- The employee retention credit is a fully refundable credit to help employers retain employees
- Employers must meet suspension or gross receipt loss requirements to qualify for the credit
- Most majority owners cannot claim their wages for the ERC, though there are special cases
- Individuals who are closely related to the business owner usually don’t have qualifying wages
- Majority owners without siblings, parents, or children may be able to claim the ERC for their wages
The employee retention credit (ERC) was created during the pandemic to give businesses some relief from payroll taxes, encouraging them to avoid employee layoffs. Businesses that saw a decline in their gross receipts or were shut down because of governmental orders qualify for the credit.
There has been some confusion about whether the wages business owners earn from their business qualify for the ERC and the wages of people related to them, such as children or parents who work for their company.
This guide will walk through the basics of the ERC, eligibility requirements, whether owners’ wages qualify, and wage exclusions for related individuals.
A Brief Overview of the ERC
The ERC was first introduced in 2020 as part of the Coronavirus Aid, Recovery, and Economic Security Act (CARES Act). It was put in place to help support employers through challenging times of business closures and losses.
The covered periods were first from March 13, 2020, to December 31, 2020, and were then extended to the end of 2021 as part of the American Rescue Plan Act of 2021. Only business recovery startups were eligible for the ERC through December 31, 2021; other businesses have an end date of September 30, 2021. Business recovery startups are businesses that started operating after February 15, 2020, and have less than $1 million in gross receipts.
Legislation in 2021 increased the number of qualified wages per employee that a business can claim. Employers can earn up to $5,000 per employee in 2020, and up to $21,000 per employee in 2021 (or $28,000 for business recovery startups). The ERC for 2020 is half of the qualified wages with a limit of $10,000 for all quarters, and 70% of qualified wages in 2021, with a limit of $10,000 per quarter instead of per year.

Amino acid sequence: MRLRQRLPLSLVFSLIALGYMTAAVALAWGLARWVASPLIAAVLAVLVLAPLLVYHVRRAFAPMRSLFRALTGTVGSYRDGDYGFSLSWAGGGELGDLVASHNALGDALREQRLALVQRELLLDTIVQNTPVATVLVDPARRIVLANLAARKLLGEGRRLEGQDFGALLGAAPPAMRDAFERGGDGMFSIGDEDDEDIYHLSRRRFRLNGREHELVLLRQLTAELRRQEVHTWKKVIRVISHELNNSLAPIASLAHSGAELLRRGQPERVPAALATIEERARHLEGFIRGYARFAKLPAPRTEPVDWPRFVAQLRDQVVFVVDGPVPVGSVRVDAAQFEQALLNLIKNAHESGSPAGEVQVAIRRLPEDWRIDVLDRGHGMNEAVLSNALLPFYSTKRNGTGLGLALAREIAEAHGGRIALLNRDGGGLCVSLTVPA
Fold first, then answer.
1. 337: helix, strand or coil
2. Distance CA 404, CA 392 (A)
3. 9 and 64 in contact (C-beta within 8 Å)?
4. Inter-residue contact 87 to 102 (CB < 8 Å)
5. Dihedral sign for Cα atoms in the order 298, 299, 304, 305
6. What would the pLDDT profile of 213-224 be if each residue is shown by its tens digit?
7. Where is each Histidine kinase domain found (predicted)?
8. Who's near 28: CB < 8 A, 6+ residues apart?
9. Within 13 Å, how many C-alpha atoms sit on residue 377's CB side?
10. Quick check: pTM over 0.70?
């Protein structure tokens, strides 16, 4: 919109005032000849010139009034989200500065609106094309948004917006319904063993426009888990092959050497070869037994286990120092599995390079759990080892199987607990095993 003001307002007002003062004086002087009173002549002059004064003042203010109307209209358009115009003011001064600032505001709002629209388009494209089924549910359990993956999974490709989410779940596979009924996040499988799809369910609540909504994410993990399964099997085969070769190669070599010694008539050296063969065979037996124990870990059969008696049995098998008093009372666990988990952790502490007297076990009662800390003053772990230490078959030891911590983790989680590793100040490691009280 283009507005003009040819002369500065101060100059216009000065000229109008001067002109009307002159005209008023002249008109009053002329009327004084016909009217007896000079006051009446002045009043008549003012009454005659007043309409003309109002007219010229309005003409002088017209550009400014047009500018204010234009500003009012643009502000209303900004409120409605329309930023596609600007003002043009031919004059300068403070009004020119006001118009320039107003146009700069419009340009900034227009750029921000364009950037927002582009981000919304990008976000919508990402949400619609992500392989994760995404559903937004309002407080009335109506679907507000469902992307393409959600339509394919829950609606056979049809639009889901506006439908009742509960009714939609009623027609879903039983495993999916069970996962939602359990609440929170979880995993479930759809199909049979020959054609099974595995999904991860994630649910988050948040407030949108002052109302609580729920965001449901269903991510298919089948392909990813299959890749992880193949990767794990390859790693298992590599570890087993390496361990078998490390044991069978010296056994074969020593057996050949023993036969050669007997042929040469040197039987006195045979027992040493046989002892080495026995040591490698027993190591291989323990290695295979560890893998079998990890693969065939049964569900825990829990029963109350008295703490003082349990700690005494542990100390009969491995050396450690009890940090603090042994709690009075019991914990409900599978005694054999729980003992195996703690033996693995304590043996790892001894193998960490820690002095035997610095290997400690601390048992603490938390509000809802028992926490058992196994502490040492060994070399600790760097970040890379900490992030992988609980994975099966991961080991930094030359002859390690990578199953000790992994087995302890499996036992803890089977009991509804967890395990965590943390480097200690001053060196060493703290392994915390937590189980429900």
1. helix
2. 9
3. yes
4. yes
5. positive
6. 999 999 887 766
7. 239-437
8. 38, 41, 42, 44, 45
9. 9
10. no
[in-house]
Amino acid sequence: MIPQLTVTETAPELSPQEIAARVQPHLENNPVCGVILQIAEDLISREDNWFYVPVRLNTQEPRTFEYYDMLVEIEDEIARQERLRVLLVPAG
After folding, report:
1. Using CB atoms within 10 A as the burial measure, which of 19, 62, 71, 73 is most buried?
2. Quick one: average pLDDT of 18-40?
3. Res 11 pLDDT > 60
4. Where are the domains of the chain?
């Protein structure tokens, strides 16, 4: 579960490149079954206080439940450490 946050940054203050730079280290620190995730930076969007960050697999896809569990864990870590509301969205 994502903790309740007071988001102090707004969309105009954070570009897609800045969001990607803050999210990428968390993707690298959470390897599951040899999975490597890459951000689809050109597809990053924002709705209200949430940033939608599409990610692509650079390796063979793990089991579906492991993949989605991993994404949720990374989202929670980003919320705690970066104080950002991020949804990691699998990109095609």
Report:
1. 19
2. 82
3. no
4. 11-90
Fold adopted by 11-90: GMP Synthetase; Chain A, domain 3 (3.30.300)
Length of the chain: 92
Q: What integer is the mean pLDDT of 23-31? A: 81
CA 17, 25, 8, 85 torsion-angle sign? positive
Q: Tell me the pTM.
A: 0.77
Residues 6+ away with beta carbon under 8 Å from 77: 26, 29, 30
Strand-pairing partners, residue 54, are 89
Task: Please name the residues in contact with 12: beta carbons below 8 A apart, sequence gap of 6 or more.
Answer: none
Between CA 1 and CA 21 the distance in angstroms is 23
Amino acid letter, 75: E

Here’s how the credit works: It first offsets payroll taxes for employers, and then it’s fully refundable. The IRS gives eligible businesses cash payments for this credit, so it’s different from an income tax credit. Businesses need to figure out their credit amount and complete Form 941-X, Amended Quarterly Payroll Tax Return, and send it to the IRS.
Businesses eligible for the ERC that didn’t claim the credit on their tax return can still take advantage of it today. The IRS says they can file the Adjusted Employer’s Quarterly Federal Tax Return or Claim for Refund form to claim it for 2020 and 2021, but only for qualifying quarters.
Eligibility Requirements for the ERC
Not all businesses qualify to take this credit, even if they have employees and experienced changes during the pandemic. There are two ways that businesses are eligible for the ERC:
1. Suspended Operations
Eligible businesses must have suspended their operations, either fully or partially, in 2020 or 2021 to qualify for the ERC. These suspensions must have been caused by a government order regarding business restrictions during the pandemic.
2. Decline in Gross Receipts
The other way to qualify is through losses. A business must have seen a significant decline in its gross receipts during an eligible period. An eligible period is when their gross receipts declined 50% for a 2020 quarter when compared to the same quarter in 2019, and 20% less in 2021 when compared to the same quarter in 2019.
You don’t qualify for the ERC if you had no employees in 2020 or 2021. Businesses that received a Paycheck Protection Program (PPP) loan weren’t initially eligible for the ERC, but further legislation, known as the Consolidated Appropriations Act of 2021, extended the credit to PPP recipients.